In the absence of an objection, the district court is not required "to give any more consideration to the magistrate's report than the court considers appropriate." Thomas, 474 U.S. at 150; see also Peretz v. United States, 501 U.S. 923, 939 (1991) (stating that § 636(b)(1) "provide[s] for de novo review only when a party objected to the magistrate's findings or recommendations" (emphasis added)); United States v. Ewing, 632 F.3d 412, 415 (8th Cir. 2011) ("By failing to file objections, Ewing waived his right to de novo review [of a magistrate judge's report and recommendation on a suppression motion] by the district court."). Indeed, Thomas suggests that no review at all is required. Id. ("We are therefore not persuaded that [§ 636(b)(1)] requires some lesser review by the district court when no objections are filed."). Nevertheless, the Eighth Circuit Court of Appeals has indicated that, at a minimum, a district court should review the portions of a magistrate judge's report and recommendation to which no objections have been made under a "clearly erroneous" standard of review. See Grinder v. Gammon, 73 F.3d 793, 795 (8th Cir. 1996) (noting that, when no objections are filed and the time for filing objections has expired, "[the district court judge] would only have to review the findings of the magistrate judge for clear error"); Taylor v. Farrier, 910 F.2d 518, 520 (8th Cir. 1990) (noting that the advisory committee's note to FED. R. CIV. P. 72(b) indicates "when no timely objection is filed the court need only satisfy itself that there is no clear error on the face of the record"). Review for clear error, even when no objection has been made, is also consistent with "retention by the district court of substantial control over the ultimate disposition of matters referred to a magistrate." Belk v. Purkett, 15 F.3d 803, 815 (8th Cir. 1994). Although neither the Supreme Court nor the Eighth Circuit Court of Appeals has explained precisely what "clear error" review means in this context, in other contexts, the Supreme Court has stated that the "foremost" principle under this standard of review "is that [a] finding is "clearly erroneous" when although there is evidence to support it, the reviewing court on the entire evidence is left with the definite and firm conviction that a mistake has been committed.'" Anderson v. City of Bessemer City, 470 U.S. 564, 573-74 (1985) (quoting United States v. U.S. Gypsum Co., 333 U.S. 364, 395 (1948)).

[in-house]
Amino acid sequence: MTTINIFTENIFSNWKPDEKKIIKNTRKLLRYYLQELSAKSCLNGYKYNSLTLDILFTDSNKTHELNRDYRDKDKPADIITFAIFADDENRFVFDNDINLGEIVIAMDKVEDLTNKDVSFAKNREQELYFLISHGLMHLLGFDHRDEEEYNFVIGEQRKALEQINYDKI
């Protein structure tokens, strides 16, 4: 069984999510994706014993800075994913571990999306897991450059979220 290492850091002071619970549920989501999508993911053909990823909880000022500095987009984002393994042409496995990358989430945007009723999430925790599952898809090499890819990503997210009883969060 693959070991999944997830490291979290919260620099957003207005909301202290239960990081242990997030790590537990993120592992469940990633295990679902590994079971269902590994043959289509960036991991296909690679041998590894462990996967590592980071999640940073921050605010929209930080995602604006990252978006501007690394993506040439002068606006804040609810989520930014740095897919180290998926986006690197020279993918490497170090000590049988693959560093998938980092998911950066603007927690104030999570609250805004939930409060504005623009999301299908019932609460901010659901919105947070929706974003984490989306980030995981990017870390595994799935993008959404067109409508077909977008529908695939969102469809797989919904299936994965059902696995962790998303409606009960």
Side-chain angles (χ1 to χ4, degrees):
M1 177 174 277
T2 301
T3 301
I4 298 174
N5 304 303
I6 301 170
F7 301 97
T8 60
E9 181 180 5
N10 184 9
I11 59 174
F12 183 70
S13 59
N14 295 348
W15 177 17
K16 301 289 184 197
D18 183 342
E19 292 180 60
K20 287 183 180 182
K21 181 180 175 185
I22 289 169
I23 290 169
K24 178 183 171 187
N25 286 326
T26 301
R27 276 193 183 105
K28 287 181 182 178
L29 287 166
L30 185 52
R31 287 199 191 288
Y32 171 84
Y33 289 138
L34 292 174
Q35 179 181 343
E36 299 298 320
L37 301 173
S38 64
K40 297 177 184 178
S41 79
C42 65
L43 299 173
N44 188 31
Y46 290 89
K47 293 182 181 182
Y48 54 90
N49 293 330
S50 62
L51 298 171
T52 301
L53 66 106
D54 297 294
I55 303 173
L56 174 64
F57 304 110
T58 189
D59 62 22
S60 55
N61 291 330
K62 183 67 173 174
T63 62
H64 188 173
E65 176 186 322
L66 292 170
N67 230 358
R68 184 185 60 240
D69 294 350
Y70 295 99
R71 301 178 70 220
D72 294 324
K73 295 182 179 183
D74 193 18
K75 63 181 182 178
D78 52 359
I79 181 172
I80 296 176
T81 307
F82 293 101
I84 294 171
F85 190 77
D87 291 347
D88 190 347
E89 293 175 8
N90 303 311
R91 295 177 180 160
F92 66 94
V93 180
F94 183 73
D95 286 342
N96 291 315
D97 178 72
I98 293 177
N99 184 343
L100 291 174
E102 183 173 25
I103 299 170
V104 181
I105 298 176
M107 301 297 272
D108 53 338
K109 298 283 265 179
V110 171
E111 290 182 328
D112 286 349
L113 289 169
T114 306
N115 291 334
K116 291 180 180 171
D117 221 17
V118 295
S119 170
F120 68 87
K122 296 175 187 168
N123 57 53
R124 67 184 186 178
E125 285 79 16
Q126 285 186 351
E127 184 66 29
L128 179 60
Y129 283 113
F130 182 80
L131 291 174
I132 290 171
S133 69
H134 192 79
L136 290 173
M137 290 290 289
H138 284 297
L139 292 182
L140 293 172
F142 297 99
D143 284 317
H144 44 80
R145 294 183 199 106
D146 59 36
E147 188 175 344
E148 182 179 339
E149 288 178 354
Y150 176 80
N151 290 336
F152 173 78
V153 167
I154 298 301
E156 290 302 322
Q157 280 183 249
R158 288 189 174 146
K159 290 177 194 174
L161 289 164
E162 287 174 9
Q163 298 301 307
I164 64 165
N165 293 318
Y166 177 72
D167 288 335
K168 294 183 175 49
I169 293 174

I find no clear error in Judge Strand's recommendation. Grinder, 73 F.3d at 795 (noting that, when no objections are filed and the time for filing objections has expired, "[the district court judge] would only have to review the findings of the magistrate judge for clear error"); Taylor, 910 F.2d at 520 (noting that the advisory committee's note to FED. R. CIV. P. 72(b) indicates "when no timely objection is filed the court need only satisfy itself that there is no clear error on the face of the record"). Notwithstanding the lack of any resistance to the defendants' Motion To Dismiss, and after properly concluding that the Motion could be considered under summary judgment standards without further notice to Celia, Judge Strand considered the merits of the defendants' assertions that Celia had not exhausted administrative remedies, that he had not identified sufficient evidence to generate a question of fact on his "failure to protect" claim, and that the record did not generate a question on the defendants' "qualified immunity" to Celia's claim. I find no clear error in Judge Strand's recommended disposition of any of these issues. Consequently, I accept Judge Strand's recommendation to grant the defendants' January 7, 2014, Motion To Dismiss (docket no. 11), treated as a motion for summary judgment. See 28 U.S.C. § 636(b)(1) (2006) ("A judge of the court may accept, reject, or modify, in whole or in part, the findings or recommendations made by the magistrate judge.").
1. I accept Judge Strand's March 20, 2014, Report And Recommendation On Defendants' Motion To Dismiss (docket no. 15);
2. I grant the defendants' January 7, 2014, Motion To Dismiss (docket no. 11), treated as a motion for summary judgment; and
3. I direct the Clerk of Court to enter summary judgment in favor of the defendants and against plaintiff Celia accordingly.
IT IS SO ORDERED.